Sunday, February 27, 2022


Following a career of more than 70 years, Eddie Bracken died November 14, 2002 in Montclair, New Jersey. He was 87, though most sources list the year of his birth as 1920 and Bracken would never confirm the date, saying, with a laugh, "I'd rather have people say, 'Doesn't he look wonderful?'" He was married almost 63 years to the former Connie Nickerson, who died in August of that year; they met in a tour of What a Life. "She was my leading lady, and has been ever since," he once told me. The Brackens were the parents of five. "I did it the hard way," he said, "one wife."

On June 1, 2001, the actor celebrated what he claimed was his 15,000th stage performance, playing the Starkeeper in a Paper Mill Playhouse production of Carousel. His milestone performance presented an occasion to interview Bracken, which I'd done three times previously. Paper Mill press representative Charlie Siedenburg introduced Bracken as "affable and congenial," and the actor -- always ready to get a laugh -- scowled, "What the hell do you want?" He noted that his record was "unofficial, because I played Hello, Dolly! [for which Bracken received a 1978 Tony nomination] overseas, I did Sugar Babies in Australia, many shows in Las Vegas. Those were not Equity shows and they weren't counted. But even if I only claimed the 11,000 that I've got in Equity, nobody's even close to that."

The youngest of three sons of Irish immigrants, Edward Vincent Bracken was born in Astoria, New York. "My father was a foreman for the East River Gas Company and my mother demonstrated appliances for Con Edison at Queens Plaza. I sang in courtyards, and people would throw coins. I did shows at the Knights of Columbus Hall. I shared a bill with Ethel Merman [then Zimmerman]; Ethel sang 'Honey, Stay in Your Own Backyard' and I did 'Cross My Heart, Mother, I Love you.'" Bracken didn't complete grade school: "I attended Our Lady of Mount Carmel but they didn't know what to do with me. I was always dreaming about other things. But it was there that a priest, Father Smith, put the bug of show business in my system."

As a child actor, he worked in Kiddie Troupers movie shorts and made his Broadway debut in 1930's The Lottery. A series of flop shows preceded three hits directed by George Abbott. After being cast in the Boston company of Brother Rat, Bracken succeeded Frank Albertson in the Broadway production. Said Bracken, "I owe George Abbott my whole life. Brother Rat was my first Broadway hit; I met my wife in What a Life; and Too Many Girls sent me to California." When Abbott signed to direct the 1940 movie version of the Rodgers and Hart musical Too Many Girls, he brought several cast members to Hollywood. Bracken, Van Johnson (who had understudied three roles), and Desi Arnaz made their feature debuts in the film and Arnaz hit it off with the film's female lead, Lucille Ball. Bracken was signed by Paramount Pictures and stayed in Hollywood a dozen years.

His most memorable movies were two 1944 Preston Sturges comedies, The Miracle of Morgan's Creek and Hail the Conquering Hero. The former cast Bracken as Norval Jones, a Good Samaritan who weds pregnant Trudy Kockenlocker (Betty Hutton) and becomes a national hero when she gives birth to sextuplets. In the latter, he was Woodrow Lafayette Pershing Truesmith, who's mistakenly thought to be a war hero. "I think those are my favorites," he recalled. "I also loved Summer Stock, The Fleet's In, and Hold That Blonde. And National Lampoon's Vacation [1983] and Home Alone 2 [1992] have been seen by all the kids. [Those movies] gave me a whole new career, and that's what they remember me from now."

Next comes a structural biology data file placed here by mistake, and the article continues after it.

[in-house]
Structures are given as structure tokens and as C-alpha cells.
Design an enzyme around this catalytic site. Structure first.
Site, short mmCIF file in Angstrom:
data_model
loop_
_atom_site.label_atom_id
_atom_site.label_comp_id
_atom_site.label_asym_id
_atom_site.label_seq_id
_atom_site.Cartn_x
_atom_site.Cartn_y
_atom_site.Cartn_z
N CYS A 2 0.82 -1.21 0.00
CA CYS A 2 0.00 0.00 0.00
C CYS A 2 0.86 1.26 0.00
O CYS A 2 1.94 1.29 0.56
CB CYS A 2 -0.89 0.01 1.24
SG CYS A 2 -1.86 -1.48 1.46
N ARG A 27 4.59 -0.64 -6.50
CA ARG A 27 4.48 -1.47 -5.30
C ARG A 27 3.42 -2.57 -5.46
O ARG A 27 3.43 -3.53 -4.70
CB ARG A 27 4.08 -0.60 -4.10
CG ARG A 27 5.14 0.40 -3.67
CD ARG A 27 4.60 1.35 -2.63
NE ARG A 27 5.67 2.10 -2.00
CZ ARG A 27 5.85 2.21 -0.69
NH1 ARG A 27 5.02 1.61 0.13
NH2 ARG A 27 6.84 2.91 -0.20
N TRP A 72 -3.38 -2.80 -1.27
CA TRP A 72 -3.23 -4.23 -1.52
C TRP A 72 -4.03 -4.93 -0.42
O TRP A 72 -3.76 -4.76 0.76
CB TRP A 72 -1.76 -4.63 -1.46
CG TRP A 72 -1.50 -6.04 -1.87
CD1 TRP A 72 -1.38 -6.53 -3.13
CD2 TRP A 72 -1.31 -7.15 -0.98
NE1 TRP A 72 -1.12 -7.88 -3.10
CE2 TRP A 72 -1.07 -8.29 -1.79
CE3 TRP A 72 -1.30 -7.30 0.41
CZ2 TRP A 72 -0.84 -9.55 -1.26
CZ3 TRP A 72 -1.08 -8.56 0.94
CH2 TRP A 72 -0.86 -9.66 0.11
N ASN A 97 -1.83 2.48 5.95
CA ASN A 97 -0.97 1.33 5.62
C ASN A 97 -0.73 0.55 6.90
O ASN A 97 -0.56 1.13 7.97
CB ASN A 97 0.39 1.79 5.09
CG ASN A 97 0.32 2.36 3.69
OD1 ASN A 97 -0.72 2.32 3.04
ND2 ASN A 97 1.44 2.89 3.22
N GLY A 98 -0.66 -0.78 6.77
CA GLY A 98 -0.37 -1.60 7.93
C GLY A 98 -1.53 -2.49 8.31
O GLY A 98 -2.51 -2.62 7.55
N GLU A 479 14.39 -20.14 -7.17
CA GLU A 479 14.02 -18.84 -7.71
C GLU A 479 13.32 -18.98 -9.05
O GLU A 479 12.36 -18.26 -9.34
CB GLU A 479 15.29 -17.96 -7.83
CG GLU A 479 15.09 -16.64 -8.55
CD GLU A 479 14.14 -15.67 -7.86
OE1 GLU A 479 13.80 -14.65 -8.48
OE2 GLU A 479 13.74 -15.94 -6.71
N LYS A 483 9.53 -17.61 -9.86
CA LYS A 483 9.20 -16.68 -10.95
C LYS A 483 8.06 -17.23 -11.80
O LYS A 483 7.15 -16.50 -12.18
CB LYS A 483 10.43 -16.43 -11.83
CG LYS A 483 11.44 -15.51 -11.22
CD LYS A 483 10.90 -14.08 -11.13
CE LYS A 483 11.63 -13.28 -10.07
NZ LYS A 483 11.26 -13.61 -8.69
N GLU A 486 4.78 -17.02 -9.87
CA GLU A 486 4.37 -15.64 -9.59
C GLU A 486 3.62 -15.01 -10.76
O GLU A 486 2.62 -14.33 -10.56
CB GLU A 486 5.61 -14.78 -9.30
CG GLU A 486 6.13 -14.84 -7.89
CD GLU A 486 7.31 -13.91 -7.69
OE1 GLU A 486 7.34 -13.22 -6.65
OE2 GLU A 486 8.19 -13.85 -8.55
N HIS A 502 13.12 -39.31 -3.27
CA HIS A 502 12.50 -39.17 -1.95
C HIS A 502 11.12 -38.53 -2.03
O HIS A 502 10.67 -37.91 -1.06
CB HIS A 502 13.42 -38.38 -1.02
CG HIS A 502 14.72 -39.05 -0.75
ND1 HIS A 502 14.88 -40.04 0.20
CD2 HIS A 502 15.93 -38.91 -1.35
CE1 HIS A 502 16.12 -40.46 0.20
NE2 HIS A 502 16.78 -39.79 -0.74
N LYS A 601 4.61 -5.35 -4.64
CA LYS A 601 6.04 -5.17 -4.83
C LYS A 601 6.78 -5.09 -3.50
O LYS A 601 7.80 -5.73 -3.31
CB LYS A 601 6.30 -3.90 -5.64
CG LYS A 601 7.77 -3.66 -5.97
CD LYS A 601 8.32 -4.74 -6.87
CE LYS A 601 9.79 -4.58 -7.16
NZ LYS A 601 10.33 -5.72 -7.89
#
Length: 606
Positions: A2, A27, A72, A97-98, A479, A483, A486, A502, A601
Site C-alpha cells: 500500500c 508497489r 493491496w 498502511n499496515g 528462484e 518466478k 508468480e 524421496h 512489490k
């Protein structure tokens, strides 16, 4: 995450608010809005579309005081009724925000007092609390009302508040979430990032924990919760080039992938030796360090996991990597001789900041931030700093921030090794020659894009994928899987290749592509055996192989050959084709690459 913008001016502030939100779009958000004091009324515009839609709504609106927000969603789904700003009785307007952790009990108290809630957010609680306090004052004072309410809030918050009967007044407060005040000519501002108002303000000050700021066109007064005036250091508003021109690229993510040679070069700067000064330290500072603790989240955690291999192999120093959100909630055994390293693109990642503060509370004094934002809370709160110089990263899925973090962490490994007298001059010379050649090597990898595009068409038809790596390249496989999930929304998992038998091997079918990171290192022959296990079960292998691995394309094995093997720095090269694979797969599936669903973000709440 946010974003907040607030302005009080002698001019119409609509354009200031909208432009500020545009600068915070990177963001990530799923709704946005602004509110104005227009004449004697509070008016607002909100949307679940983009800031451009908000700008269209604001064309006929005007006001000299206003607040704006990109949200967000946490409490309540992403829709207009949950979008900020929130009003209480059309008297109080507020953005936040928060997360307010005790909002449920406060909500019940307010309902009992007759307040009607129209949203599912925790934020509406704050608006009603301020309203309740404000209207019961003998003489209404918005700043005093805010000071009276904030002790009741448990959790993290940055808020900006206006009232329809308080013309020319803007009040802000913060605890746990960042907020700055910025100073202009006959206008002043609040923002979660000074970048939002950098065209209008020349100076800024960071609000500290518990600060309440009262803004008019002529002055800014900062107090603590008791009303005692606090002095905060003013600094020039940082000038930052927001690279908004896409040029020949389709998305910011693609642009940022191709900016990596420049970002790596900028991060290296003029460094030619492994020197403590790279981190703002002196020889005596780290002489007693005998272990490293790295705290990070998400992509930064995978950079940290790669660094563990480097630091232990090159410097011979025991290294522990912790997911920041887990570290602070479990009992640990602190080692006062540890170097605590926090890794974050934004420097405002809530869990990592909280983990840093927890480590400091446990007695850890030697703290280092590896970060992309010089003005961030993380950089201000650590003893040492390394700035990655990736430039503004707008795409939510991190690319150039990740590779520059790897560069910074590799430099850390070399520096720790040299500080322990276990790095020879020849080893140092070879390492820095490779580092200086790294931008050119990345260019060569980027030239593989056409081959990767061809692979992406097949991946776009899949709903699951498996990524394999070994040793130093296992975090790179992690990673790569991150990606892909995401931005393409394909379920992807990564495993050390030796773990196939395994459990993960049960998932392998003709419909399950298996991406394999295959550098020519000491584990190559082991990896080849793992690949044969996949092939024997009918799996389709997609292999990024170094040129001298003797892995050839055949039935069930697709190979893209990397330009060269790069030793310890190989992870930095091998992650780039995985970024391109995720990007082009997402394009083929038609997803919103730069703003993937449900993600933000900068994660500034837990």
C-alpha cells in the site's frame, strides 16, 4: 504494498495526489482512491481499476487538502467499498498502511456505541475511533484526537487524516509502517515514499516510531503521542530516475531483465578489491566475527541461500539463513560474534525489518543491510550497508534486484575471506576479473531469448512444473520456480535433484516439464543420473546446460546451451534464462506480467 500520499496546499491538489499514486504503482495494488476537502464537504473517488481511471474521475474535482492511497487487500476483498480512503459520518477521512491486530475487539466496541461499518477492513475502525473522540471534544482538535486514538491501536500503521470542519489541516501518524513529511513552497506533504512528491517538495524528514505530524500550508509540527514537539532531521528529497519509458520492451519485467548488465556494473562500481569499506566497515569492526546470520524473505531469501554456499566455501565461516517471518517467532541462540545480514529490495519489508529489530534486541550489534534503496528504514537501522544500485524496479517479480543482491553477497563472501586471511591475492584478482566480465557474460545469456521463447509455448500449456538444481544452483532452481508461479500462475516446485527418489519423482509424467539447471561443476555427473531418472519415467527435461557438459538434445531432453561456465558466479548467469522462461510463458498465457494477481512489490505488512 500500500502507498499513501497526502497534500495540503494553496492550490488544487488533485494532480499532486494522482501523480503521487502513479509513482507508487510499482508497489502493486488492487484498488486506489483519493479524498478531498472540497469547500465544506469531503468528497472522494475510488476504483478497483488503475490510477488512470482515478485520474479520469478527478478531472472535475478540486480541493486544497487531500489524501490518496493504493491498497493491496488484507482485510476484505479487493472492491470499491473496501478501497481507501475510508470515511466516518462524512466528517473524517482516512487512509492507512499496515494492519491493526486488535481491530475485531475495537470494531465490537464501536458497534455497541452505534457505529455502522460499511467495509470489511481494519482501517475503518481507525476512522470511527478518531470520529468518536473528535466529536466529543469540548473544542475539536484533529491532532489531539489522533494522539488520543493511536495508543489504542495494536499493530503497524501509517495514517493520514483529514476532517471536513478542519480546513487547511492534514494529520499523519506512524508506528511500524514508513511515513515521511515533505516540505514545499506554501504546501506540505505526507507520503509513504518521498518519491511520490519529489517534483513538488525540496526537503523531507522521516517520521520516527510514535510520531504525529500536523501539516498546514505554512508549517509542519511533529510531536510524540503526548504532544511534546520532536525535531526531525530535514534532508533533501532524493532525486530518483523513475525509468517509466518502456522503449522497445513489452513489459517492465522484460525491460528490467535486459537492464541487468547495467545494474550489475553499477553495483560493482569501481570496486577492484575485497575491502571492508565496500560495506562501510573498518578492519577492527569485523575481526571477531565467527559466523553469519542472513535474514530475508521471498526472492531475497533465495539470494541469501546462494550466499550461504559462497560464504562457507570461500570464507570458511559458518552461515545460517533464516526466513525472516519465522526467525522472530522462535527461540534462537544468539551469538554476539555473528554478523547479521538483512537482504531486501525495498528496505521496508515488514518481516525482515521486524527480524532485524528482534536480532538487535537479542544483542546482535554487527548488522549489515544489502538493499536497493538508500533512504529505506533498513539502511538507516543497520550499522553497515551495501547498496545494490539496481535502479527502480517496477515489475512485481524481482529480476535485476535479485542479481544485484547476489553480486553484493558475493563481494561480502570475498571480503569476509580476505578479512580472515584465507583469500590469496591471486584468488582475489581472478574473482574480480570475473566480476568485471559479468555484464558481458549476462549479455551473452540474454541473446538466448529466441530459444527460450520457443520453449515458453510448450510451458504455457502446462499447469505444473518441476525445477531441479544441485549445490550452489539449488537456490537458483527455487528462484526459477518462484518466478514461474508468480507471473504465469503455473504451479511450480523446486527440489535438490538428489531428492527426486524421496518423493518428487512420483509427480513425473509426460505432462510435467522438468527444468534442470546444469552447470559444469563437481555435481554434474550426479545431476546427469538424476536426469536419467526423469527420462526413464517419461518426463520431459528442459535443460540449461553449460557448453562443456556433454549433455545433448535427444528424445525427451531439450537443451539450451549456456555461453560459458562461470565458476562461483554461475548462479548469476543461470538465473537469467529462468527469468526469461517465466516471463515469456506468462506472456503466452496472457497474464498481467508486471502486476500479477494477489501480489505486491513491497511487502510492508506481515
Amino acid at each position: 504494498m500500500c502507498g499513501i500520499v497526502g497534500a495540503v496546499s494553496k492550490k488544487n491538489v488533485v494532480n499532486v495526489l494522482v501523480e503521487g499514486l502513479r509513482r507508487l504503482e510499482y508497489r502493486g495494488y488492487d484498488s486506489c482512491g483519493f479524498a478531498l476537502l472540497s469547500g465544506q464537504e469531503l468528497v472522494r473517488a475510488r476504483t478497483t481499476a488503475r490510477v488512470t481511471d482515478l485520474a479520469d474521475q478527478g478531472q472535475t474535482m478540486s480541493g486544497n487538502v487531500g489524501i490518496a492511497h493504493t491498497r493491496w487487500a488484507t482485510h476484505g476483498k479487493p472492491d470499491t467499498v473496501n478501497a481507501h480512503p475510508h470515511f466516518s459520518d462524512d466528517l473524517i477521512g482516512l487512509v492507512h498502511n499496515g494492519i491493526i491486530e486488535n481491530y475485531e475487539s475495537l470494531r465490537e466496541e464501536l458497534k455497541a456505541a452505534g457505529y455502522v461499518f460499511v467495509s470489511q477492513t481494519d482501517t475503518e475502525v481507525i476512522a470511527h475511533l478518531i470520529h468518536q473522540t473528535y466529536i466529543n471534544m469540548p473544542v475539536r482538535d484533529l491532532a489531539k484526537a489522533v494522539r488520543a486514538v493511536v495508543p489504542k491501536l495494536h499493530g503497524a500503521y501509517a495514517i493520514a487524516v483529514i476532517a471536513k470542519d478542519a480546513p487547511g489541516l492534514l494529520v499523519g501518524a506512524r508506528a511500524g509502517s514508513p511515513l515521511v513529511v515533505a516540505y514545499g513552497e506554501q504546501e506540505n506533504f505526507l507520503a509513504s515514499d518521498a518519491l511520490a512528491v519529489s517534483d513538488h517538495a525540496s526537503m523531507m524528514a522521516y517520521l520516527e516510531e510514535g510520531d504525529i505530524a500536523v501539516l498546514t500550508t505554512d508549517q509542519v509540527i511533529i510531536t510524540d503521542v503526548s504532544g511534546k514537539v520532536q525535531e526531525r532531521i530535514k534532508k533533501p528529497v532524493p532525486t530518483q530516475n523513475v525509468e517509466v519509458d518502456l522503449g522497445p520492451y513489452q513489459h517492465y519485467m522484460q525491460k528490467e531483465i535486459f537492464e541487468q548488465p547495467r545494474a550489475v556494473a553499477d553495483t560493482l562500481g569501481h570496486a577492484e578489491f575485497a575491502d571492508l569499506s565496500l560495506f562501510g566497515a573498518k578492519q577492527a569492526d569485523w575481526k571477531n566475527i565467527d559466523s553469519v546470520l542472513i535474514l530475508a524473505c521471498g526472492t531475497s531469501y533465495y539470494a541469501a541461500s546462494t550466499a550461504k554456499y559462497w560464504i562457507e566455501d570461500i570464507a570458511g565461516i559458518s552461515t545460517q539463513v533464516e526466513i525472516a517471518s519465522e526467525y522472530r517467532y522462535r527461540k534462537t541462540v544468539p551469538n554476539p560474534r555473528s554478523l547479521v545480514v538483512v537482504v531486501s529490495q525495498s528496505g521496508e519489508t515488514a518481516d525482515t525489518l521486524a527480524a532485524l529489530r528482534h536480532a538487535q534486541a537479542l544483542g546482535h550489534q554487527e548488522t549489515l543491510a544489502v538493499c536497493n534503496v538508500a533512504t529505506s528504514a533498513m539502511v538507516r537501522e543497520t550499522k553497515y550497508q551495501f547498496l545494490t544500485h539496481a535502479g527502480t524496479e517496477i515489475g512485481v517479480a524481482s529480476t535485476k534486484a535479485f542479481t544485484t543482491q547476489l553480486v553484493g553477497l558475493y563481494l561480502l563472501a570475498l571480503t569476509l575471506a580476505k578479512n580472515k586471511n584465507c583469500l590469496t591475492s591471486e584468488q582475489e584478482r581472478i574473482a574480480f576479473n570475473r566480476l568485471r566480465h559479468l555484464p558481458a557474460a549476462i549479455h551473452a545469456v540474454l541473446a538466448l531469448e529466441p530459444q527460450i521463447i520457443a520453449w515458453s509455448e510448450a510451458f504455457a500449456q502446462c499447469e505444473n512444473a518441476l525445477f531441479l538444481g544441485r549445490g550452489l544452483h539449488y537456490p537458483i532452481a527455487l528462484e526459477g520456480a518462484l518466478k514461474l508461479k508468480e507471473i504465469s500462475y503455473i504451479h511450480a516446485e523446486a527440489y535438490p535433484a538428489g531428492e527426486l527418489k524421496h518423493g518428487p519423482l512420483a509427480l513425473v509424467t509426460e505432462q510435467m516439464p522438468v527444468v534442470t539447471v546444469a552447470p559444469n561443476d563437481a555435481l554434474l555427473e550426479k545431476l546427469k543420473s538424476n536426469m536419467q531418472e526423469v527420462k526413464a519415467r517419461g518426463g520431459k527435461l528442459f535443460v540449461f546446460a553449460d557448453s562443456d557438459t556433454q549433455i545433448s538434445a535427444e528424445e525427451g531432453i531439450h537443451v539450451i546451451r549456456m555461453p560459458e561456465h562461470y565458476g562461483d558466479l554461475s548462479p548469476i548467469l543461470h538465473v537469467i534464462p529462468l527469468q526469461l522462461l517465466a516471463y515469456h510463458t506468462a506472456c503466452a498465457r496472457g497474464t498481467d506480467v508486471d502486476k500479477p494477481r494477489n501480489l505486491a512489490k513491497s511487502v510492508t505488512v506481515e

In his biography of Judy Garland, Gerold Frank writes that Garland found Bracken so funny during the making of Summer Stock (1950) that "every time she looked at him, Judy broke up." Recalled Bracken, "They finally had to get someone else to stand off camera [in his place] so that Judy could say the lines." He claimed that movies typecast him: "I wanted a change of pace, but no one would listen. I'm not a comedian; I'm an actor who does comedy."

Bracken returned to Broadway in 1953, taking over the lead from Tom Ewell in The Seven Year Itch, in which he later toured. In 1955, the release of the Columbia album archy and mehitabel began Bracken's long association with a cockroach-poet named archy (who could only type lowercase keys). Carol Channing did the voice of the toujours gai feline, mehitabel. A 1957 Broadway musical version, Shinbone Alley, co-starred Bracken and Eartha Kitt; in 1960, he and Tammy Grimes played the leads for PBS-TV's Play of the Week; and, in 1971, Bracken and Channing supplied the voices for an animated film version.

In 1965, Bracken returned to Broadway to take over the role of Felix Unger (his favorite stage part) in The Odd Couple, "the greatest comedy ever written." He played in the Neil Simon comedy for two years and then toured in it. "Felix is the toughest, most exhausting part I've ever played, and one of the most dramatic," he stated. "The more dramatic you play it, the funnier it gets." Bracken also did Simon's Come Blow Your Horn, Plaza Suite, and The Sunshine Boys. His most recent Broadway appearance occurred in 1982, when he filled in for a vacationing Mickey Rooney in Sugar Babies. "I toured in that," he told me, "and played it over a year in Australia."